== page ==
Parotid space

Last revised by Francis Deng on 7 Jun 2020

The parotid space is one of the deep compartments of the head and neck and, as the name suggests, is mostly filled with the parotid gland. It is the most lateral major suprahyoid neck space.

The parotid space is a roughly pyramidal space, the broad elongated base facing laterally, formed by the superficial layer of the deep cervical fascia overlying the superficial lobe of the parotid gland, and its apex pointing medially. It is traversed by the external carotid artery, retromandibular vein and facial nerve. 

  • lateral to the parapharyngeal space 1 
  • medial to superficial space and subcutaneous tissue
  • anterior to the carotid space 
    • posterior belly of the digastric muscle forms a variable portion of the posteromedial border of the parotid space and at times this muscular band helps to differentiate a deep-lobe parotid space lesion to one arising in the carotid space 2
  • posterior to the masticator space

The parotid space is circumscribed by the superficial layer of the deep cervical fascia 1:

  • superior margin: external auditory canal; apex of the mastoid process 3
  • inferior margin: inferior mandibular margin (although the parotid tail can extend further inferiorly below the angle of the mandible) 1
  • anterior margin: masticator space
  • with the parotid gland filling around two-thirds of the parotid space, US findings will reflect those of the parotid gland 3
  • intraparotid lymph nodes (may number up into the twenties) are also evident as rounded/bean-shaped hypoechoic structures with an echogenic central fatty hilum within the hyperechoic parotid gland 6 
    • most frequently located in the preauricular region and they provide lymphatic drainage of the external ear and lateral scalp 3
  • external carotid artery and retromandibular vein will be found posteriorly 7
    • retromandibular vein crosses the superficial lobe of the parotid gland and continues longitudinally until it reaches the inferior margin of the parotid gland to join with the external jugular vein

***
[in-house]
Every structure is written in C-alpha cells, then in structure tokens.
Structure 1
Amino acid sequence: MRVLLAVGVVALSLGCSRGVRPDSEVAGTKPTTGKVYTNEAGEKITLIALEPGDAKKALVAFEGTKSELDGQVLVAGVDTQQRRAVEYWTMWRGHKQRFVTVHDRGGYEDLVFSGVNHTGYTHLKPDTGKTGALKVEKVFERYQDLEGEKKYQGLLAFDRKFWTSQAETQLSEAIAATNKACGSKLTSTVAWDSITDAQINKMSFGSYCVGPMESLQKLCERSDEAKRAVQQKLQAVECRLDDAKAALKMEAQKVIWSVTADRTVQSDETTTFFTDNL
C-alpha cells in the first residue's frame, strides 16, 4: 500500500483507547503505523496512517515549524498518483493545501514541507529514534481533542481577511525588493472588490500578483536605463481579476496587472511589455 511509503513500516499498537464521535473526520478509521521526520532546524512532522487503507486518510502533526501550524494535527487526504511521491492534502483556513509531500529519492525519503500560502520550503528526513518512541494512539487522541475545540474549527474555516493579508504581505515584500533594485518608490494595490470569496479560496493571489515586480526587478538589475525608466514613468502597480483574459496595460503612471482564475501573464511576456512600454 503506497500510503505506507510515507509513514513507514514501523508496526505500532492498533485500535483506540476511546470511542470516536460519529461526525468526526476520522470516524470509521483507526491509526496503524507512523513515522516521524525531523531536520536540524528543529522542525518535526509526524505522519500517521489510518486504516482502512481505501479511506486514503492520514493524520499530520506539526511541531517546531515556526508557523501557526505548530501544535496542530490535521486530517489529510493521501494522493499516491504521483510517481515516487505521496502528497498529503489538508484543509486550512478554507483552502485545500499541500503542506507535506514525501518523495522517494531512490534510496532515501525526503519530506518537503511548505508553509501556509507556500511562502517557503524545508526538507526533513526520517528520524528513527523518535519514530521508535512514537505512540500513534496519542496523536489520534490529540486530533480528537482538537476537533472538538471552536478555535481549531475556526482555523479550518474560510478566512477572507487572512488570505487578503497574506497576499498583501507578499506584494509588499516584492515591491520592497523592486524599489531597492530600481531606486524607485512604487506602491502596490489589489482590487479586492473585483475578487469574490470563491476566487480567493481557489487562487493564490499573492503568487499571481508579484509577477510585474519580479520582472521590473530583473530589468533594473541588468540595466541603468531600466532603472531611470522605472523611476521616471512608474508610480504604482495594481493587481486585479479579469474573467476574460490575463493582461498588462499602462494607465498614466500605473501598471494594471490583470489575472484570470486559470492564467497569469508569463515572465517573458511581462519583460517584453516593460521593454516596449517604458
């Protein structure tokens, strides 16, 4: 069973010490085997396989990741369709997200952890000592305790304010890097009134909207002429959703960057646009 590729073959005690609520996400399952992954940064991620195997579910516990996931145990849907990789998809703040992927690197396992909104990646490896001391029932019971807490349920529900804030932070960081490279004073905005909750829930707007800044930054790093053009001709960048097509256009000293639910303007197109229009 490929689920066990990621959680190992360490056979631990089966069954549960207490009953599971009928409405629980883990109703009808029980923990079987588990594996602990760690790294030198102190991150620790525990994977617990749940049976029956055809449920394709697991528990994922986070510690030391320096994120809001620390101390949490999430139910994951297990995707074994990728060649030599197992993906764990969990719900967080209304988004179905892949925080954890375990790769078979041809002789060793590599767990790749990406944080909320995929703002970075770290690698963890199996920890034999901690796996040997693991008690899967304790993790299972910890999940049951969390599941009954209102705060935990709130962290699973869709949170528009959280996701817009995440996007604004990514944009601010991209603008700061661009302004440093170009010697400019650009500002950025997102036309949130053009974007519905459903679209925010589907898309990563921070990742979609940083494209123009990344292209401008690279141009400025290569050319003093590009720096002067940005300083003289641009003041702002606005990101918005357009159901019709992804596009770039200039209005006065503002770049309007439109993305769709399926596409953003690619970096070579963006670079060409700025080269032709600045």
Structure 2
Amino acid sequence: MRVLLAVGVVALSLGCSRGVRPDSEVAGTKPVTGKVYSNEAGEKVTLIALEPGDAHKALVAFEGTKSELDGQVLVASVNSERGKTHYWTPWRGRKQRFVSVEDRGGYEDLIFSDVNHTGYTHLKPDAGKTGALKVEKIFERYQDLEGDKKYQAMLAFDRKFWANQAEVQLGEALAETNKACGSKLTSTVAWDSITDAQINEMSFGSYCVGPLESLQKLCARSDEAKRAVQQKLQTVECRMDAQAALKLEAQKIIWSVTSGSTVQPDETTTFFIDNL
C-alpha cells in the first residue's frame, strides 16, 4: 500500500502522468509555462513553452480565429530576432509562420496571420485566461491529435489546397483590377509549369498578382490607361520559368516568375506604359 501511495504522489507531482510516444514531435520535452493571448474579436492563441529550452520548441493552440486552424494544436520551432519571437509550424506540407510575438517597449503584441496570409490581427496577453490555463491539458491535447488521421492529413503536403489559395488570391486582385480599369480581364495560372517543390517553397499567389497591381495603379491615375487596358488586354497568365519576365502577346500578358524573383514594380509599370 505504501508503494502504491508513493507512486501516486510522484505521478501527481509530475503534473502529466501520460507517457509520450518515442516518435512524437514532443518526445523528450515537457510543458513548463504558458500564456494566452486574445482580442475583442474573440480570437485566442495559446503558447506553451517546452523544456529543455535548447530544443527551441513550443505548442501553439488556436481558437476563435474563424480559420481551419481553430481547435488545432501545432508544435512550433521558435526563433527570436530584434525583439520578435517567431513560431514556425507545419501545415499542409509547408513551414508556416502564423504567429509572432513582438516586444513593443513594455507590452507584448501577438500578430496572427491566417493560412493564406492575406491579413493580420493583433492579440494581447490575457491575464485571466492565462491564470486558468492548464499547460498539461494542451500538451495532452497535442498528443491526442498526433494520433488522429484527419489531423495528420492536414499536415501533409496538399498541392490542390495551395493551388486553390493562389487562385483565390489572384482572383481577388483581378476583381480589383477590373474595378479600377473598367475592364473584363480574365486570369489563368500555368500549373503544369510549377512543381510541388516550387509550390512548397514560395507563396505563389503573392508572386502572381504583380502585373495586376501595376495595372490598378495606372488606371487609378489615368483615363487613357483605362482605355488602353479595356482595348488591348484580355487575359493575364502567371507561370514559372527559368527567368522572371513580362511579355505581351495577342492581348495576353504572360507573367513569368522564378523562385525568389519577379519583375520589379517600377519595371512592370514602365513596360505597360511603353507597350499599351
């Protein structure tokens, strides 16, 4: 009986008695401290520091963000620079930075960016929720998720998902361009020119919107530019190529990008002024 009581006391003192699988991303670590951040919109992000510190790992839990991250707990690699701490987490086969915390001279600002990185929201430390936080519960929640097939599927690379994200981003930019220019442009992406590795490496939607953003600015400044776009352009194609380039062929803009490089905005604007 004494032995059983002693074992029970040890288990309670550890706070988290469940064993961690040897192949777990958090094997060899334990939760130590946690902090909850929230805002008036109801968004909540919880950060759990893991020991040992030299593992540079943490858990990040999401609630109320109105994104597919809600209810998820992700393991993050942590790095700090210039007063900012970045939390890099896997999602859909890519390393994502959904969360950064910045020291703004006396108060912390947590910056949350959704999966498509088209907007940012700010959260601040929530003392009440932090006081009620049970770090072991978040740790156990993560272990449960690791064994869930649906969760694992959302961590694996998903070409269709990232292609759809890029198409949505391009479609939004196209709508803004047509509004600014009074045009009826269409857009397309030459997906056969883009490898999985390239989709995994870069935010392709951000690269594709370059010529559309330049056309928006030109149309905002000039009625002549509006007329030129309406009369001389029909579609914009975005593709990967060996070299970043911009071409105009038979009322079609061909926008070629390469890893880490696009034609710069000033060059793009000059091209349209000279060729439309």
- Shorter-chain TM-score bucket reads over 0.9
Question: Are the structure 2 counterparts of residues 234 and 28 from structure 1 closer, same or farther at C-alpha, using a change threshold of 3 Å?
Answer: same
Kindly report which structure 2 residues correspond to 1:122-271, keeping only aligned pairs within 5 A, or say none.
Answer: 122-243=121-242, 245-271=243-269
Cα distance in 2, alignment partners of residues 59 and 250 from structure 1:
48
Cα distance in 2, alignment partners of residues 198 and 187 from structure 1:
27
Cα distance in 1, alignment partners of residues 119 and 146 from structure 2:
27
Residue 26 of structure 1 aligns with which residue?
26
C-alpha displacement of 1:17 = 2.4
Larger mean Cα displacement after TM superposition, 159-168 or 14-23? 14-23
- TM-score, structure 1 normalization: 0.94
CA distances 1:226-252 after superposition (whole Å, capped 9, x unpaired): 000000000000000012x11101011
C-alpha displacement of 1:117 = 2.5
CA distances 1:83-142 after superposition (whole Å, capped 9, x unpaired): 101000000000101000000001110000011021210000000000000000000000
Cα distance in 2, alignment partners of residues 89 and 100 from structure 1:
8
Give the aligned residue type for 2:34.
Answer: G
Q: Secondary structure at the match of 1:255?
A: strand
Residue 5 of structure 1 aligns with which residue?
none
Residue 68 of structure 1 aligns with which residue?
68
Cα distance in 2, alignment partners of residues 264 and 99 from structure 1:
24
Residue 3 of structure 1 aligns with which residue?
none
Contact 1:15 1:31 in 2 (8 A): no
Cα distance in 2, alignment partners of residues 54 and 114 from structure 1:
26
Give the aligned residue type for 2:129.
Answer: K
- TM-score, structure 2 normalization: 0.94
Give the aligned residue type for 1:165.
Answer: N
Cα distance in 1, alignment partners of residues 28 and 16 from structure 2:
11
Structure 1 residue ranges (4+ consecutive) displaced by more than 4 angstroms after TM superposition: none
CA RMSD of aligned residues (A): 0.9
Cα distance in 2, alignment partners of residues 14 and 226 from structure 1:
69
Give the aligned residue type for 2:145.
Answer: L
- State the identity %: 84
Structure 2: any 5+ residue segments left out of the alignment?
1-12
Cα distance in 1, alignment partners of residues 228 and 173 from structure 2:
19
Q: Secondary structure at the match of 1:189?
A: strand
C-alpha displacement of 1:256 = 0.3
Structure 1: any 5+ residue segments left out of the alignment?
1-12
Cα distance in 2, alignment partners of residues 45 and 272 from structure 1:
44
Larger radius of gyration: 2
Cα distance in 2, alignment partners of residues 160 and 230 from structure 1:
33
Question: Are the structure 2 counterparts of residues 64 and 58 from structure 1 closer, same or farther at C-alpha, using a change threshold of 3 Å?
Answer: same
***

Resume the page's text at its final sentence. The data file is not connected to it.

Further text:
• external carotid artery travels in the same route, however, it is a larger structure and is found in a deeper plane to the retromandibular vein
  • facial nerve is not visualized on US, but is inferred to be located lateral to the retromandibular vein 8  
  • lower attenuation in comparison to muscle due to the combination of fat and glandular tissue
  • allows for good visualization of deep lesions as well as reliable assessment of size, location, margins, extracapsular extension, involvement of adjacent structures, and areas of necrosis, hemorrhage, calcification of cysts 5
  • CT is preferred for tender, recurrent parotid masses that are likely to be inflammatory whereas MRI is better for assessment of a painless parotid lump
  • T1: higher signal than muscle
  • T2: lower signal than muscle 2
  • MRI is preferred for imaging the parotid space in children 2
    • neonates and young children have limited amounts of fat within the parotid gland which decreases the amount of natural contrast available on CT, which increases the difficulty to perceive a mass lesion and define its margins.  
    • MRI is significantly less affected by the relative lack of native fat

Any mass originating from the parotid space will be centered within the parotid gland.

A large mass arising within the deep lobe of the parotid will medially displace fat in the parapharyngeal space and cause posteromedial displacement of the posterior belly of the digastric muscle and carotid space.  There is also often associated widening of the stylomandibular notch 1,2

ADVERTISEMENT: Supporters see fewer/no ads